NY Review: 'Magic/Bird'

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Photo Source: Joan Marcus
March Madness may be over, but Broadway is attempting to jump on the craze with “Magic/Bird,” based on the true story of the rivalry between basketball legends Earvin “Magic” Johnson and Larry Bird. However, sports and theater present inherently different kinds of drama. Both are physical feats in front of an audience, but the comparison ends there. One succeeds on competitive energy, while the other finds its stride in intellectual craft. Though director Thomas Kail tries to re-create the adrenaline rush of a basketball game onstage, his trite devices, coupled with Eric Simonson’s flat script, can’t deliver the same energy as a Final Four playoff.

A sports-broadcaster voiceover, aided by a tacky roaring-crowd effect, announces each cast member and his or her roles at the top of the show, after which the actors take their places on the benches, which circle David Korins’ gymnasium set. Basketball is about strategy, and Simonson, who also wrote the more successful 2010 Broadway football bio-play “Lombardi,” has methodically structured the piece. Dramatic form is one thing he can rely on, particularly as the audience, which seemed to contain a large population of sports fans, is likely to know the story’s outcome.

Simonson opens with the famous press conference at which Johnson simultaneously announced his HIV diagnosis and retirement from the Los Angeles Lakers. Then we jump back to Johnson’s and Bird’s college days, at Michigan State and Indiana State respectively, and progress through their NBA rivalry, from rookie year to retirement. The script unfolds almost too perfectly as the star athletes continually try to one-up each other, with the playwright unable to infuse the emotional depth the story deserves.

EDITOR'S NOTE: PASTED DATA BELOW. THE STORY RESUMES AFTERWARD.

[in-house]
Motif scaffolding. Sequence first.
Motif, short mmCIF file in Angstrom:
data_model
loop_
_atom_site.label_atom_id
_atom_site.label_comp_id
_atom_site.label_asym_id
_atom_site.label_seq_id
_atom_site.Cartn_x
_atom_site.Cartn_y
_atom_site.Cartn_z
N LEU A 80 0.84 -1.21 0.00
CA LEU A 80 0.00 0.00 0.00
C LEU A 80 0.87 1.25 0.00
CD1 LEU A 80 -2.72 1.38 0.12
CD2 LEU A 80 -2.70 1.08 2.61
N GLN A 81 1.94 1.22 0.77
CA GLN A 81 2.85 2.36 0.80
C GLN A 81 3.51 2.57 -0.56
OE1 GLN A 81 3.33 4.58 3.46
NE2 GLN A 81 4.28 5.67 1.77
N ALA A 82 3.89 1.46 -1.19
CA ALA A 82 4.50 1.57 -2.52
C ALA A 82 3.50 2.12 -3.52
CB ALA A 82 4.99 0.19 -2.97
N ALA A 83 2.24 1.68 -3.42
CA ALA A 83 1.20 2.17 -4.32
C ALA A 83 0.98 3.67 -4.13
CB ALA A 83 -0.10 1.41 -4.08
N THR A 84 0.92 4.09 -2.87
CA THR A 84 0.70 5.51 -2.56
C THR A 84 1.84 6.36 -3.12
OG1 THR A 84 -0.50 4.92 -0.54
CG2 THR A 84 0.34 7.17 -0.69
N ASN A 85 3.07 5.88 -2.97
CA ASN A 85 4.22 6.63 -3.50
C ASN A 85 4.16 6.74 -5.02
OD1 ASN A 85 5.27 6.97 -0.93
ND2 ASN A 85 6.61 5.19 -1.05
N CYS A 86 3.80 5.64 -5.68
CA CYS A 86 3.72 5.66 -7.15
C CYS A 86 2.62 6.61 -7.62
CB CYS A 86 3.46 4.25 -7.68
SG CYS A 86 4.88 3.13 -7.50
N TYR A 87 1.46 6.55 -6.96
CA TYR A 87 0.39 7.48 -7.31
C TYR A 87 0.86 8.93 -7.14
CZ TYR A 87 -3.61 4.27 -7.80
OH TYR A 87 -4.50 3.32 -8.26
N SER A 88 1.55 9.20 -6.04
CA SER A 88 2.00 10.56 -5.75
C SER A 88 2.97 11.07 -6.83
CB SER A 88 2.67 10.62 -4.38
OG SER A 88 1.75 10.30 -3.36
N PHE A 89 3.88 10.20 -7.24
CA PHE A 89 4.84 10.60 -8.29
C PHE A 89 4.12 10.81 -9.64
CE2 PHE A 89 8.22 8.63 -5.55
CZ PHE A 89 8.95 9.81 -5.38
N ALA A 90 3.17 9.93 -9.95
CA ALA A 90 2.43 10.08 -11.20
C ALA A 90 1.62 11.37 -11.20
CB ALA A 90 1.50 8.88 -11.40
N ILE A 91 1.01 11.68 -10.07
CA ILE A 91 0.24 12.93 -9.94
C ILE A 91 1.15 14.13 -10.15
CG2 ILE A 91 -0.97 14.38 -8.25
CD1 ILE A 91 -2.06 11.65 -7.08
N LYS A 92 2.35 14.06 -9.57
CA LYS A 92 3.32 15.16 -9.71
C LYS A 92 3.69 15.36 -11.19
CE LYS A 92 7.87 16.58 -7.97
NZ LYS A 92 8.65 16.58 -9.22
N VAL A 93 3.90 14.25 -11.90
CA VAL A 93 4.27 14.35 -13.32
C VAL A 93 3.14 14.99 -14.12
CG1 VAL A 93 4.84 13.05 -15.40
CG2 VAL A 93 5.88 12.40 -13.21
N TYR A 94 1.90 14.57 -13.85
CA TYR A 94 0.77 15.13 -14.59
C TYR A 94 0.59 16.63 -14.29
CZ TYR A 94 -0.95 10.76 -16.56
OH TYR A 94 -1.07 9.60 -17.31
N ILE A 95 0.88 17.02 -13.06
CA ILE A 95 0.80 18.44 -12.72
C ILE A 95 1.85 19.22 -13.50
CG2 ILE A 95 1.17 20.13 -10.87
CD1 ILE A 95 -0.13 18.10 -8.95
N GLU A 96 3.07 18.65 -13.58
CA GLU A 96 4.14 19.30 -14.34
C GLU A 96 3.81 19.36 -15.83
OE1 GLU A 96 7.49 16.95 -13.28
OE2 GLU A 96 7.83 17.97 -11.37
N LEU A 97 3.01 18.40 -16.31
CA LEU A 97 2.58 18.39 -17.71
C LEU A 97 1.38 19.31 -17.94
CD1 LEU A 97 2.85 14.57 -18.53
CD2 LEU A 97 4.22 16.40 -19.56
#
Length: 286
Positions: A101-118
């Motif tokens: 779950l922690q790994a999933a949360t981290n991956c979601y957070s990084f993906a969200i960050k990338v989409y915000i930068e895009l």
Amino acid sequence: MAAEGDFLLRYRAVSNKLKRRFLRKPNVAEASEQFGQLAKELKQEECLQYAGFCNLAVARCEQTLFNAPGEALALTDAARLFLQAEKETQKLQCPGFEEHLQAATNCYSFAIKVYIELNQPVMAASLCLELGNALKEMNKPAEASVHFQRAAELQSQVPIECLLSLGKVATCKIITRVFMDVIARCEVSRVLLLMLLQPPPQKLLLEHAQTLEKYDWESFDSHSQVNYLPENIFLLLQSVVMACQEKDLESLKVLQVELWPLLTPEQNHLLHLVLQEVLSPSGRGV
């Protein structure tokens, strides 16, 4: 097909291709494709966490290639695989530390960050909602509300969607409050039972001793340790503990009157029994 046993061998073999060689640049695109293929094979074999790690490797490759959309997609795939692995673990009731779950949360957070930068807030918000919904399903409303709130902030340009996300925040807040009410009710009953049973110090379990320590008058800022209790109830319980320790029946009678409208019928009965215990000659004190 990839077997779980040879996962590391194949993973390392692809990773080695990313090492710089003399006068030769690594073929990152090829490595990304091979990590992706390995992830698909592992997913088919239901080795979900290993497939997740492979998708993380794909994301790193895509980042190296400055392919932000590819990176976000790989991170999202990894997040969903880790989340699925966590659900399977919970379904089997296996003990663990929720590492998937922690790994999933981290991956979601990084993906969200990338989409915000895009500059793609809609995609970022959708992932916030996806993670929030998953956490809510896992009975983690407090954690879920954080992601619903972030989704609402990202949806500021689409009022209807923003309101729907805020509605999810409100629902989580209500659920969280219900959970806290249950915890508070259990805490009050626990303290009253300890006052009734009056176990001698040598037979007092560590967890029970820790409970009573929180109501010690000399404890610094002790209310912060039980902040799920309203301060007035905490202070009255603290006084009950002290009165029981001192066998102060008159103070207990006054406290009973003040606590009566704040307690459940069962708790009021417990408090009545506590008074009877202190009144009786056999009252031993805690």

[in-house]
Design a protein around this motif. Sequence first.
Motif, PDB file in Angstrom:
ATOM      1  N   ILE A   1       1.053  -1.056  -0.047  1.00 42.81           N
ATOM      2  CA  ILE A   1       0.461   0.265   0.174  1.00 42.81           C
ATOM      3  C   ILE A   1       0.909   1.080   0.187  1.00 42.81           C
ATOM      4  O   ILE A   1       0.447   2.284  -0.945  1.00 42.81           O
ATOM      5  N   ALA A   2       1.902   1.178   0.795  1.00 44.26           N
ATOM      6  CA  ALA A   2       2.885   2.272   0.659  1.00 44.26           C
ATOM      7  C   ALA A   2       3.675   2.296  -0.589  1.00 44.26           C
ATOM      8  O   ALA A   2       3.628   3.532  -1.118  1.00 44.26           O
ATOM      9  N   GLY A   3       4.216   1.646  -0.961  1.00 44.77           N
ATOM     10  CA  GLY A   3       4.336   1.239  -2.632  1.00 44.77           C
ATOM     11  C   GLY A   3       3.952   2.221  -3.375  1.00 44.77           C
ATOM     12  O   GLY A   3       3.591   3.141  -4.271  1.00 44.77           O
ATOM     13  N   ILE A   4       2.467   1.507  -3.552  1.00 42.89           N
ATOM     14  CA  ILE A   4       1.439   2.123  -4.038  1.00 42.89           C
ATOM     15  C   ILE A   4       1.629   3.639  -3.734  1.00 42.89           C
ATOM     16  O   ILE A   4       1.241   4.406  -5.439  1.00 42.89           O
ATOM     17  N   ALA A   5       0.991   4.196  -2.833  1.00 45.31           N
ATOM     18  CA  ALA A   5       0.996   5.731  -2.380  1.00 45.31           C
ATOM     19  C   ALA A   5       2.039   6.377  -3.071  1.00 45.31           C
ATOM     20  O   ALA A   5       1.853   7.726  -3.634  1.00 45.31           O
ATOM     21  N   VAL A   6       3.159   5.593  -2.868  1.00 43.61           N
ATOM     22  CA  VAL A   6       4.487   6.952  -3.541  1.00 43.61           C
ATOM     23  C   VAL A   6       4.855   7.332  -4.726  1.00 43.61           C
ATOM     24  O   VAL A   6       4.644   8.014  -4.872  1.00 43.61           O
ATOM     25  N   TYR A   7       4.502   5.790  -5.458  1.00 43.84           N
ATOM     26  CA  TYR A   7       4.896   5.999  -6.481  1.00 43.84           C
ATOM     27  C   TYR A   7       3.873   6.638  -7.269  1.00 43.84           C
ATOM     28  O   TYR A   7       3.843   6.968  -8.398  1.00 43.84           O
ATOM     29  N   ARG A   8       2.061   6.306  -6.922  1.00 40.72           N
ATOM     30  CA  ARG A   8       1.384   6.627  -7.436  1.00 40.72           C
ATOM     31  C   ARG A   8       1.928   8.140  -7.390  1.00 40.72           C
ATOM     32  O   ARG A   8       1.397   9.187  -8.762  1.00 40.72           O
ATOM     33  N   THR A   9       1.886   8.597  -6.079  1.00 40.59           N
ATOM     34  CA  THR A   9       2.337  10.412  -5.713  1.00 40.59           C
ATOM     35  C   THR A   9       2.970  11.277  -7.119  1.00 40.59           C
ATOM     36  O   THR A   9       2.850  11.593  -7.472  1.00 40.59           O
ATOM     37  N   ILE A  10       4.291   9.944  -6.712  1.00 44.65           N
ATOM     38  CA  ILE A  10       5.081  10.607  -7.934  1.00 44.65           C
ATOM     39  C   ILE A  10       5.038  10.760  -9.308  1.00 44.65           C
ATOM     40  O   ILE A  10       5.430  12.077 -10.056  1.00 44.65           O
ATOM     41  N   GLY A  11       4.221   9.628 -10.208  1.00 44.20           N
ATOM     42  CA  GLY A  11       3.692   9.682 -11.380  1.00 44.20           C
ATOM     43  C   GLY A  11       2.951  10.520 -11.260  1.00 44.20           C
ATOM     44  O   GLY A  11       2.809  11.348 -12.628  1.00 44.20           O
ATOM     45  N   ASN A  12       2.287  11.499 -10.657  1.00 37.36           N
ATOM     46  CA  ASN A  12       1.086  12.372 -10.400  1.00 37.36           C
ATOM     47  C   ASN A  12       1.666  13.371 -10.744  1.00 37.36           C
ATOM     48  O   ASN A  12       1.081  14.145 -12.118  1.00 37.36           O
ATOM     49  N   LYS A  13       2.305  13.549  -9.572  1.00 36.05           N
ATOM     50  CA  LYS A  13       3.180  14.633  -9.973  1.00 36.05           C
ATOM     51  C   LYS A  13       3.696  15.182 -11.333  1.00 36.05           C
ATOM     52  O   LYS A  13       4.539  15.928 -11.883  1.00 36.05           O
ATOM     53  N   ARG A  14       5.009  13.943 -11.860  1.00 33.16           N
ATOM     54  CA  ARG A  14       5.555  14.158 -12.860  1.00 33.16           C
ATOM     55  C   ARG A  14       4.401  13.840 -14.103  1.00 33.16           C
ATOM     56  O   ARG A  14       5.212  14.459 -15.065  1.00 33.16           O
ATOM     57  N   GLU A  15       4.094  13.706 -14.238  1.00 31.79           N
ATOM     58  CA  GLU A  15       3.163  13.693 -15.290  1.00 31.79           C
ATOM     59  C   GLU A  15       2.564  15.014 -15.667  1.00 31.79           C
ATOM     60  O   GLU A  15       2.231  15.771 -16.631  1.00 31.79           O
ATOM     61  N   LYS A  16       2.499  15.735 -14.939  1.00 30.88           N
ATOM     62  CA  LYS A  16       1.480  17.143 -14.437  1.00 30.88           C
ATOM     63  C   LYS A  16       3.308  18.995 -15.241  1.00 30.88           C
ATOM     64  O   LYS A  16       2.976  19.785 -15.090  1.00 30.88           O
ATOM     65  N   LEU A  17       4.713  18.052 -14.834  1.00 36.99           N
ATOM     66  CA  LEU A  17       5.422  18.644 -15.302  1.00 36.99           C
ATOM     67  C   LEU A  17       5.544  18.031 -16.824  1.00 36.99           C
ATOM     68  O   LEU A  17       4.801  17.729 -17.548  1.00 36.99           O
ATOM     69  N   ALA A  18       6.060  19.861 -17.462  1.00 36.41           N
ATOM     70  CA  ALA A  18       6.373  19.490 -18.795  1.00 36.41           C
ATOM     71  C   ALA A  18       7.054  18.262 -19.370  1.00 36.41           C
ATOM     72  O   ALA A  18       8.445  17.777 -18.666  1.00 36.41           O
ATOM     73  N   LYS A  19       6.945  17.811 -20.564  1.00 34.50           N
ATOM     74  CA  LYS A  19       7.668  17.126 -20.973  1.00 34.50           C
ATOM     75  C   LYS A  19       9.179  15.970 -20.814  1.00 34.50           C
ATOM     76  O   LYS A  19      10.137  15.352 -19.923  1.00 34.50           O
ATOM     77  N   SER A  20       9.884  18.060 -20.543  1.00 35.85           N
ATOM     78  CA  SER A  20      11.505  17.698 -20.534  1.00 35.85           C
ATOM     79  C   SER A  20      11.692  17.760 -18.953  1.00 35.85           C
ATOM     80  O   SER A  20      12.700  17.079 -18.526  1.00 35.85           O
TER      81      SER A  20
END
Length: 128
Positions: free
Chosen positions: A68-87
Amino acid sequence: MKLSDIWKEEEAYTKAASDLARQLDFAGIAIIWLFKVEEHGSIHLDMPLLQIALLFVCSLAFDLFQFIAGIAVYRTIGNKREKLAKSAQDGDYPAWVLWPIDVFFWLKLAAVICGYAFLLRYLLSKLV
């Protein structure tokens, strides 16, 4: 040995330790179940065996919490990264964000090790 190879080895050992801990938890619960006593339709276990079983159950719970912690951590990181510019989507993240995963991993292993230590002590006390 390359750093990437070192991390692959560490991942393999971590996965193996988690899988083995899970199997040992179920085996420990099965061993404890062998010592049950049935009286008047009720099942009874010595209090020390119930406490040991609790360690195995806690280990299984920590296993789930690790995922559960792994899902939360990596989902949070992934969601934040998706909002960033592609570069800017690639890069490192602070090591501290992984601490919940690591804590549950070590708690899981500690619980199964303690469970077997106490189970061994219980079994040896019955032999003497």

The most memorable scene takes place in a bar, where a Lakers fan and a Celtics fan disagree over their team allegiances, a simple conflict that provides greater dramatic tension than any other moment. The only sports-related action, aside from some hoop shooting, comes in footage of the real-life players. This choice only draws comparisons between the actors and the actual men. While Kevin Daniels and Tug Coker are fine impersonators, their portrayals struggle to extend beyond that, and the video replays merely affirm their shortcomings. Coker relies on Bird’s deadpan humor and impersonal nature as a crutch, while Daniels’ gregarious Johnson feels false in the more dramatic scenes.

The supporting cast—Deirdre O’Connell, Peter Scolari, Francois Battiste, and Robert Manning Jr.—shows impressive range, filling out a series of one-note characters such as sports reporters, bartenders, parents, fans, and teammates. Korins’ set also incorporates sideline locker rooms for onstage changes of Paul Tazewell’s generic ensembles.

Ultimately, the concept of theater being like basketball limits the show’s effect. Watching actors dressed as basketball players deliver monologues is not the same as watching a game. It’s just not.

Presented by Fran Kirmser, Tony Ponturo, W. Scott McGraw, John Mara Jr., Tamara Tunie/Jeffrey Donovan, and Friends of Magic Bird, in association with National Basketball Association, at the Longacre Theatre, 220 W. 48th St., NYC. Opened April 11 for an open run. Tue., 7 p.m.; Wed.–Sat., 8 p.m.; Wed. and Sat., 2 p.m.; Sun., 3 p.m. (212) 239-6200, (800) 432-7250, or www.telecharge.com. Casting by Telsey + Company.